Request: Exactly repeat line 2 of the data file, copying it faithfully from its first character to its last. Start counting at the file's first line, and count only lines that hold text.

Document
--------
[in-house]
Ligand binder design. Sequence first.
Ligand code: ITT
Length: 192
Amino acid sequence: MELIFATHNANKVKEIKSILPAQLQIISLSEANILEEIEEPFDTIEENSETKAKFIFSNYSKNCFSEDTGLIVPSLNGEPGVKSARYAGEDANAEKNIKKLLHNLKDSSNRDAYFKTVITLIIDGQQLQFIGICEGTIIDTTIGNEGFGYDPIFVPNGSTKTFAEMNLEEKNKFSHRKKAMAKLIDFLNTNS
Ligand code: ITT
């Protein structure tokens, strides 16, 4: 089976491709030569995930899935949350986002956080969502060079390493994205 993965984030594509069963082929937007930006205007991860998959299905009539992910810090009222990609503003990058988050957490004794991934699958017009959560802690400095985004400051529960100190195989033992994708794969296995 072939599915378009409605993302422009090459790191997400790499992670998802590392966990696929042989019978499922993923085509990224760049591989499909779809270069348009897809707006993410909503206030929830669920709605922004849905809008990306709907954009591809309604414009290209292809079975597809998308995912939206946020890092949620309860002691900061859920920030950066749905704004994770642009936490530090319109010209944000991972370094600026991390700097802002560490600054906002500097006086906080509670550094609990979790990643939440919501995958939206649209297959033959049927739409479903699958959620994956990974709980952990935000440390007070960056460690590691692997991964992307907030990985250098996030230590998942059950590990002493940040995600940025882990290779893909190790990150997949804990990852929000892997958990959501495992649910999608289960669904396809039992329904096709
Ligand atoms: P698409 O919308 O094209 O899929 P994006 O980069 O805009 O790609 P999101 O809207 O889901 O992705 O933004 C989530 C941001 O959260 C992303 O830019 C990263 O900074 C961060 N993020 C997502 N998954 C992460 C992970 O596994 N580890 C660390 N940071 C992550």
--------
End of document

Ligand binder design. Sequence first.